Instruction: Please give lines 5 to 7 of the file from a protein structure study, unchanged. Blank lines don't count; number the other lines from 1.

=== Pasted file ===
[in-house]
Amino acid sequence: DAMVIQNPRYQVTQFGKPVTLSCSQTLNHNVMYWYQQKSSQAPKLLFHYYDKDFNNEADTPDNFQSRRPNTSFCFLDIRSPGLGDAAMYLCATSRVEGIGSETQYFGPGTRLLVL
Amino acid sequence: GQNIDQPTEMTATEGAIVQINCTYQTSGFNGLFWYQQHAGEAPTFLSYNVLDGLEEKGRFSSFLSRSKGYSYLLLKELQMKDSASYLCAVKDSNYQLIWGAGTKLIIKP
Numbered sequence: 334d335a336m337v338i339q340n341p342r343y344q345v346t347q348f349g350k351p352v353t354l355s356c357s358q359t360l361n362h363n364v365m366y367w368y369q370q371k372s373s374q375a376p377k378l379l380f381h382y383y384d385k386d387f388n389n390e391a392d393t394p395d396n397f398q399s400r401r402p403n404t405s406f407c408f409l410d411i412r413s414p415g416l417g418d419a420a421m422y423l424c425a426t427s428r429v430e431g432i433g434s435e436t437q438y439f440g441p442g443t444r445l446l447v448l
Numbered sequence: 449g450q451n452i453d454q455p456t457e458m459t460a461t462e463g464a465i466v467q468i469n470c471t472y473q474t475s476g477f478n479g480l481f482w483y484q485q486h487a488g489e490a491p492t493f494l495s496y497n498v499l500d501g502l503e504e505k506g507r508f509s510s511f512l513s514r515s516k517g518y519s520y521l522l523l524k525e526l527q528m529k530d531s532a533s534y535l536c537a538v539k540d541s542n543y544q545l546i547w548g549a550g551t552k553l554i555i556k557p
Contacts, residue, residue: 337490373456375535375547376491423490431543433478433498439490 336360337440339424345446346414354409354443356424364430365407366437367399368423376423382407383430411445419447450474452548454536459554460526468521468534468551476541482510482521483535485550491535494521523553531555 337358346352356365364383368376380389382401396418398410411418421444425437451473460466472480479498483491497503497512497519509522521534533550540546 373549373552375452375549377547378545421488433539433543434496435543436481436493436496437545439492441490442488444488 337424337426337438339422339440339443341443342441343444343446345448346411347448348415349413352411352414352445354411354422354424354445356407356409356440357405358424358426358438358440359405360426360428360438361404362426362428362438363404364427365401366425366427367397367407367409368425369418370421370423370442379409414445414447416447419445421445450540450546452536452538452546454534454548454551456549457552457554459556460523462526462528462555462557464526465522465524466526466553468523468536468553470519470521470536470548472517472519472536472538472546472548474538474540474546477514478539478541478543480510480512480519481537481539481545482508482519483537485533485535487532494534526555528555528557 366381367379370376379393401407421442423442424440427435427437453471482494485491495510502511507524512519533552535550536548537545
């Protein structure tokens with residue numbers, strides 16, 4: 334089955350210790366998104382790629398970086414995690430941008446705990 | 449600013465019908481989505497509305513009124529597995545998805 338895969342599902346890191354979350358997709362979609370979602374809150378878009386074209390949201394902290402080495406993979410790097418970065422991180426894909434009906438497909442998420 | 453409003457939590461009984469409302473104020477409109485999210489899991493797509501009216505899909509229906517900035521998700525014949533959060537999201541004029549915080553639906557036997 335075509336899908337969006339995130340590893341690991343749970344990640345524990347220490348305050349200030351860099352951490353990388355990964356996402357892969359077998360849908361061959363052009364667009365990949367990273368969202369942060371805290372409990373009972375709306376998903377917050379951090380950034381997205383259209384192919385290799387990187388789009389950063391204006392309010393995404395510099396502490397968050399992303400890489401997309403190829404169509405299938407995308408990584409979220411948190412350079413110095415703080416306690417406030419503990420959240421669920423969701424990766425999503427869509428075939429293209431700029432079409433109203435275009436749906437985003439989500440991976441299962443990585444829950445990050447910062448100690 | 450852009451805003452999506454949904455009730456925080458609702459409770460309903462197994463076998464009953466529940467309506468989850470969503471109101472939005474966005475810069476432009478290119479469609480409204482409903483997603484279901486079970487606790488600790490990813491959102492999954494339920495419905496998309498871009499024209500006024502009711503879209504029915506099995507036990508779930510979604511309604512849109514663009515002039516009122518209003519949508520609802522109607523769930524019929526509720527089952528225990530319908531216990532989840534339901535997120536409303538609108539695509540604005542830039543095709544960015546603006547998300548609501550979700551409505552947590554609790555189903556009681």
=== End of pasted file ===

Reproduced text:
Numbered sequence: 449g450q451n452i453d454q455p456t457e458m459t460a461t462e463g464a465i466v467q468i469n470c471t472y473q474t475s476g477f478n479g480l481f482w483y484q485q486h487a488g489e490a491p492t493f494l495s496y497n498v499l500d501g502l503e504e505k506g507r508f509s510s511f512l513s514r515s516k517g518y519s520y521l522l523l524k525e526l527q528m529k530d531s532a533s534y535l536c537a538v539k540d541s542n543y544q545l546i547w548g549a550g551t552k553l554i555i556k557p
Contacts, residue, residue: 337490373456375535375547376491423490431543433478433498439490 336360337440339424345446346414354409354443356424364430365407366437367399368423376423382407383430411445419447450474452548454536459554460526468521468534468551476541482510482521483535485550491535494521523553531555 337358346352356365364383368376380389382401396418398410411418421444425437451473460466472480479498483491497503497512497519509522521534533550540546 373549373552375452375549377547378545421488433539433543434496435543436481436493436496437545439492441490442488444488 337424337426337438339422339440339443341443342441343444343446345448346411347448348415349413352411352414352445354411354422354424354445356407356409356440357405358424358426358438358440359405360426360428360438361404362426362428362438363404364427365401366425366427367397367407367409368425369418370421370423370442379409414445414447416447419445421445450540450546452536452538452546454534454548454551456549457552457554459556460523462526462528462555462557464526465522465524466526466553468523468536468553470519470521470536470548472517472519472536472538472546472548474538474540474546477514478539478541478543480510480512480519481537481539481545482508482519483537485533485535487532494534526555528555528557 366381367379370376379393401407421442423442424440427435427437453471482494485491495510502511507524512519533552535550536548537545
């Protein structure tokens with residue numbers, strides 16, 4: 334089955350210790366998104382790629398970086414995690430941008446705990 | 449600013465019908481989505497509305513009124529597995545998805 338895969342599902346890191354979350358997709362979609370979602374809150378878009386074209390949201394902290402080495406993979410790097418970065422991180426894909434009906438497909442998420 | 453409003457939590461009984469409302473104020477409109485999210489899991493797509501009216505899909509229906517900035521998700525014949533959060537999201541004029549915080553639906557036997 335075509336899908337969006339995130340590893341690991343749970344990640345524990347220490348305050349200030351860099352951490353990388355990964356996402357892969359077998360849908361061959363052009364667009365990949367990273368969202369942060371805290372409990373009972375709306376998903377917050379951090380950034381997205383259209384192919385290799387990187388789009389950063391204006392309010393995404395510099396502490397968050399992303400890489401997309403190829404169509405299938407995308408990584409979220411948190412350079413110095415703080416306690417406030419503990420959240421669920423969701424990766425999503427869509428075939429293209431700029432079409433109203435275009436749906437985003439989500440991976441299962443990585444829950445990050447910062448100690 | 450852009451805003452999506454949904455009730456925080458609702459409770460309903462197994463076998464009953466529940467309506468989850470969503471109101472939005474966005475810069476432009478290119479469609480409204482409903483997603484279901486079970487606790488600790490990813491959102492999954494339920495419905496998309498871009499024209500006024502009711503879209504029915506099995507036990508779930510979604511309604512849109514663009515002039516009122518209003519949508520609802522109607523769930524019929526509720527089952528225990530319908531216990532989840534339901535997120536409303538609108539695509540604005542830039543095709544960015546603006547998300548609501550979700551409505552947590554609790555189903556009681």